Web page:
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According to Carsten Brzeski, chief economist at ING, for the German economy, a wave of fresh hard and soft economic data has once again showed that it currently needs many nuances to understand and analyse the Eurozone’s largest economy.

Key Quotes

“The PMIs were probably the best illustration of slightly opposing signals. While both the PMI manufacturing and the PMI services dropped in May, the composite PMI actually increased to a three-month high. At 52.4, the composite PMI points to stable and positive GDP growth in the second quarter. The reasons for this apparent contradiction are different formulas in computing the series and the fact that the output component in the PMI manufacturing increased.”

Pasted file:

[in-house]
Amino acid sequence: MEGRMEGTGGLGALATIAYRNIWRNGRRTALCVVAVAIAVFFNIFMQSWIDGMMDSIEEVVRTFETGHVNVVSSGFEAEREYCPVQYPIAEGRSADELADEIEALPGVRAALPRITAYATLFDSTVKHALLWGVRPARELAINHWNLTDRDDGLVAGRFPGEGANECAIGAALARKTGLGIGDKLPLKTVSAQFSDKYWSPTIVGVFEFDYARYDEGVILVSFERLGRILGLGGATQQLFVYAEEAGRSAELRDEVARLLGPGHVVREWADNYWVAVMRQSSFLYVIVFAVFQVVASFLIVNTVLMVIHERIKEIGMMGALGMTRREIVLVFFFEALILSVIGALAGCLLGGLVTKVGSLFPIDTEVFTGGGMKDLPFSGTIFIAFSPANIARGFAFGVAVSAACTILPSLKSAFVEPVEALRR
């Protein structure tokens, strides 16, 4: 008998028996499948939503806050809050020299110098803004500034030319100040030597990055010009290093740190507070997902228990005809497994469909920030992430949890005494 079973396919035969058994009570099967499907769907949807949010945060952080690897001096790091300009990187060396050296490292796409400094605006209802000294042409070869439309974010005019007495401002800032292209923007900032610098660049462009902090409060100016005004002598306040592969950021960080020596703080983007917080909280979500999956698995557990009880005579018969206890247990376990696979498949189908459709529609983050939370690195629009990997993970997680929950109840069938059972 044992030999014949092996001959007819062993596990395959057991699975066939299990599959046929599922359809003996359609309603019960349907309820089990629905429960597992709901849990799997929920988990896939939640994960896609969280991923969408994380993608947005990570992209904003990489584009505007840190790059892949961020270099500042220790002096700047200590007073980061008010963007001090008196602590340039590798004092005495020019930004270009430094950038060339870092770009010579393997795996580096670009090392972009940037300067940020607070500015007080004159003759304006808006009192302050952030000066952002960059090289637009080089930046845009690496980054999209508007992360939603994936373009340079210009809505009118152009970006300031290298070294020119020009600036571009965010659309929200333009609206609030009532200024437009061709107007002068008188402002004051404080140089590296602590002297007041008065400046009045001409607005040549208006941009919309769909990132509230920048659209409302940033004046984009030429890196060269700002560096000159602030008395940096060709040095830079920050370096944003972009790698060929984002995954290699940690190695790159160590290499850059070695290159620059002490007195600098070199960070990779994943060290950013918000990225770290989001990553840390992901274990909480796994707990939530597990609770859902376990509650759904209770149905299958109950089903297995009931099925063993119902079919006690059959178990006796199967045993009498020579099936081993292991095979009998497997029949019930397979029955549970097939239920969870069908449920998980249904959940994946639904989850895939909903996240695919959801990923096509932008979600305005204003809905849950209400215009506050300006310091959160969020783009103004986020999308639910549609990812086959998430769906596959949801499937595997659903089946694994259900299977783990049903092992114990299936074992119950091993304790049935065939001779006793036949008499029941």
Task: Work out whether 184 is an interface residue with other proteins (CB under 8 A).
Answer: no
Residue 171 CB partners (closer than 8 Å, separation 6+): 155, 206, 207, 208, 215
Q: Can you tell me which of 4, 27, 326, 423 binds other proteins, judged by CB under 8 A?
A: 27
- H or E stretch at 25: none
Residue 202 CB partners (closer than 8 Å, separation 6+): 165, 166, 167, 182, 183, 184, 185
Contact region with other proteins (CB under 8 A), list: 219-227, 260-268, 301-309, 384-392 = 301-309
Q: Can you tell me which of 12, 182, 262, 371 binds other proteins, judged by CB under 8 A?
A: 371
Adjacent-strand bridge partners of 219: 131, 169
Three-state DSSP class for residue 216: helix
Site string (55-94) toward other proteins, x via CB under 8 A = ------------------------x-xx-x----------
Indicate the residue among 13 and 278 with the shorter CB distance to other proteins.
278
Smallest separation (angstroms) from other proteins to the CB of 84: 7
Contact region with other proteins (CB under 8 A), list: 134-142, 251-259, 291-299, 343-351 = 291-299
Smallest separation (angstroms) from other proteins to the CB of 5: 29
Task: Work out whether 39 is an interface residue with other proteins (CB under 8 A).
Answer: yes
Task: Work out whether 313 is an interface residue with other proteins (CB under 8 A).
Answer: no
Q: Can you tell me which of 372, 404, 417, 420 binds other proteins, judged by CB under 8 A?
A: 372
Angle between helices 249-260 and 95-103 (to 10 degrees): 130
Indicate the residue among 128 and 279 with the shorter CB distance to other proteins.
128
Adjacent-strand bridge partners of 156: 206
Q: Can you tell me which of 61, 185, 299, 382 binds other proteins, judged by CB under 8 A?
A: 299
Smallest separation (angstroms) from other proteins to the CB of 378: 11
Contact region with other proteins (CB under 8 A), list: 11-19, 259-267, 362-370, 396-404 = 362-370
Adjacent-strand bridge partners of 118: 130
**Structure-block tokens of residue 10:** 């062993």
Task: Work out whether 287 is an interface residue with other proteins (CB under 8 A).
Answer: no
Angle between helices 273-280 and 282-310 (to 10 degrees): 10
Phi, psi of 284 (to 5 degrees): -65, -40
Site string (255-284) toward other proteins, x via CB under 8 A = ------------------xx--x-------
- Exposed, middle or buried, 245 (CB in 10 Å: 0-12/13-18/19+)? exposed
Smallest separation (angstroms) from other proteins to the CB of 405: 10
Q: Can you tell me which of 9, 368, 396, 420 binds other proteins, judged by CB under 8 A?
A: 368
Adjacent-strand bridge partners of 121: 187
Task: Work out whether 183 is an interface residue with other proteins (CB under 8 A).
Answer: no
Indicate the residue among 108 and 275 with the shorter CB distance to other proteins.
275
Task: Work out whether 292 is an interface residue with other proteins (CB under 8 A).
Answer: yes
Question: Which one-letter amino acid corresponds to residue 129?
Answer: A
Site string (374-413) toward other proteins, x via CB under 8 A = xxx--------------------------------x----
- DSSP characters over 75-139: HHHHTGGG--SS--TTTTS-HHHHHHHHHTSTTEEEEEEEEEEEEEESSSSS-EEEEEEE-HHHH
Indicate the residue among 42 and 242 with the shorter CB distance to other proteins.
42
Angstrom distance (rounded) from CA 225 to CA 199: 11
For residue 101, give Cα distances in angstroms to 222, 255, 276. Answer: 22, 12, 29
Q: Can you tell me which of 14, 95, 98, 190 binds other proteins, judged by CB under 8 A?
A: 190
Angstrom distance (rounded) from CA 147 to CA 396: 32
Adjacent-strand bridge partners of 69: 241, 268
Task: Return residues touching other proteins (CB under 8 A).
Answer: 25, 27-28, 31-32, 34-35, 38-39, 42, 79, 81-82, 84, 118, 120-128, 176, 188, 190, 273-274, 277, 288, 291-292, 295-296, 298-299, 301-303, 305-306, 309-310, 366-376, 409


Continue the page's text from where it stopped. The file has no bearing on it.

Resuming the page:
“At the same time, the most prominent German leading indicator, the Ifo index dropped for the second month in a row, falling to the lowest level in more than four years. The Ifo index stood at 97.9 in May. However, the drop was exclusively driven by a sharp fall in the current assessment component, expectations remained unchanged. Last but not least, don’t forget the strong 1Q GDP reading this morning, which given the negative growth contribution of inventories actually even understated the growth performance.”